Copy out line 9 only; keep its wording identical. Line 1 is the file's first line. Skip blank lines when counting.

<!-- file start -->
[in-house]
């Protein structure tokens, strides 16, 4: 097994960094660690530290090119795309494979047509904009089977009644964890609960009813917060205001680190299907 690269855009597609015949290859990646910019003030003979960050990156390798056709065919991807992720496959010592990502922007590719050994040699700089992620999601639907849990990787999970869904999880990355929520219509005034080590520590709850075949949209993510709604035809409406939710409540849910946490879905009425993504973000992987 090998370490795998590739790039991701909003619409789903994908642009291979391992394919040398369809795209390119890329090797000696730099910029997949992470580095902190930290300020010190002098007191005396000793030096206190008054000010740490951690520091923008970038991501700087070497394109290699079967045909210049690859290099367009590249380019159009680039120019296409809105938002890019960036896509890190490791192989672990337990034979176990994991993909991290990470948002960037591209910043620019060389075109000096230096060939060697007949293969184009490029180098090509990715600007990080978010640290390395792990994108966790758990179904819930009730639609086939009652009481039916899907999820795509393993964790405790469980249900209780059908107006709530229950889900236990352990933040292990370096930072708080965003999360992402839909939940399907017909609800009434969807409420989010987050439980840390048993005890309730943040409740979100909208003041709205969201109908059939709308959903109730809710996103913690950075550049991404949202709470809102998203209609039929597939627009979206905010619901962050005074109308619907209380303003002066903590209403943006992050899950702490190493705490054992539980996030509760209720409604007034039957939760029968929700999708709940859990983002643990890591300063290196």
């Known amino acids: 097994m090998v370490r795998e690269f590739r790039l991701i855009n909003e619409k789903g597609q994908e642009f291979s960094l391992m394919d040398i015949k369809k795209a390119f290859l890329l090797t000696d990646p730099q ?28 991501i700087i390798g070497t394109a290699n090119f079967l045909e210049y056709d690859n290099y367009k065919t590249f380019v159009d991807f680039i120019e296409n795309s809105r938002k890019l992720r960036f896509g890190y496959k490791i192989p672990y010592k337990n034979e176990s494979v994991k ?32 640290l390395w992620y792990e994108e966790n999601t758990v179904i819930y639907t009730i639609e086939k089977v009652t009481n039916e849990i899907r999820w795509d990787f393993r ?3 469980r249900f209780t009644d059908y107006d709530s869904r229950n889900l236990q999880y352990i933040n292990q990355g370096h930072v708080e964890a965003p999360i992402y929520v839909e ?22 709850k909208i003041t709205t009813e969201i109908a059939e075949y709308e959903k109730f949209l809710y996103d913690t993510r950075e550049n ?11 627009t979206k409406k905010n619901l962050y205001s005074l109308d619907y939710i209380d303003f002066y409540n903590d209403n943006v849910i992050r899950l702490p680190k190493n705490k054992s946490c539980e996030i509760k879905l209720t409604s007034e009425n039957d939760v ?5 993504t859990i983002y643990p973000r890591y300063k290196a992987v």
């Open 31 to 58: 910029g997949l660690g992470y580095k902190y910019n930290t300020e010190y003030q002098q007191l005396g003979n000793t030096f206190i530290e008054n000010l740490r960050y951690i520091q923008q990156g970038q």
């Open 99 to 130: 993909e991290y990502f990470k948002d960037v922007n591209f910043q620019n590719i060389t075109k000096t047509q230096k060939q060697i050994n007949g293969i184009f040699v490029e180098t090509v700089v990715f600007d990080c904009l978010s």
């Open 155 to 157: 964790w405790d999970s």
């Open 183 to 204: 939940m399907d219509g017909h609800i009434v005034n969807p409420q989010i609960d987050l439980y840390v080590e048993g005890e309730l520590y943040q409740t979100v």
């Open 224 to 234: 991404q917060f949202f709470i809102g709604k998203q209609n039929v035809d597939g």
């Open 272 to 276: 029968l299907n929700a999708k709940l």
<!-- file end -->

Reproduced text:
């Open 272 to 276: 029968l299907n929700a999708k709940l």